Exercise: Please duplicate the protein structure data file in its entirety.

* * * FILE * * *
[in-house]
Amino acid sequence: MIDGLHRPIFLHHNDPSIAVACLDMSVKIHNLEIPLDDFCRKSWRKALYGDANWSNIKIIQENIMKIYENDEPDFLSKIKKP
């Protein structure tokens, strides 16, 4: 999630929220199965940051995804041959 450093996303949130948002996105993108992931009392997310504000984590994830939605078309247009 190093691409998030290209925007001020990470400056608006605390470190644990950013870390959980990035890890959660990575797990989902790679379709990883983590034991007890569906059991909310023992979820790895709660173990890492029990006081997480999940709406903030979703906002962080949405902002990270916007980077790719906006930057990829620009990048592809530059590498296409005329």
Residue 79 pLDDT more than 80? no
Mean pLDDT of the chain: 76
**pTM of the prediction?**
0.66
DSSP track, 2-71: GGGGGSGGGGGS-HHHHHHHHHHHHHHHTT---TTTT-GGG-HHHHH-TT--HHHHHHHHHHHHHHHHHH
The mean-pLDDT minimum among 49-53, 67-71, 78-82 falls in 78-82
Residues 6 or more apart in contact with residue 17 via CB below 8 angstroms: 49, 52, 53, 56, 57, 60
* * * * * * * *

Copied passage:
[in-house]
Amino acid sequence: MIDGLHRPIFLHHNDPSIAVACLDMSVKIHNLEIPLDDFCRKSWRKALYGDANWSNIKIIQENIMKIYENDEPDFLSKIKKP
């Protein structure tokens, strides 16, 4: 999630929220199965940051995804041959 450093996303949130948002996105993108992931009392997310504000984590994830939605078309247009 190093691409998030290209925007001020990470400056608006605390470190644990950013870390959980990035890890959660990575797990989902790679379709990883983590034991007890569906059991909310023992979820790895709660173990890492029990006081997480999940709406903030979703906002962080949405902002990270916007980077790719906006930057990829620009990048592809530059590498296409005329």
Residue 79 pLDDT more than 80? no
Mean pLDDT of the chain: 76
**pTM of the prediction?**
0.66
DSSP track, 2-71: GGGGGSGGGGGS-HHHHHHHHHHHHHHHTT---TTTT-GGG-HHHHH-TT--HHHHHHHHHHHHHHHHHH
The mean-pLDDT minimum among 49-53, 67-71, 78-82 falls in 78-82
Residues 6 or more apart in contact with residue 17 via CB below 8 angstroms: 49, 52, 53, 56, 57, 60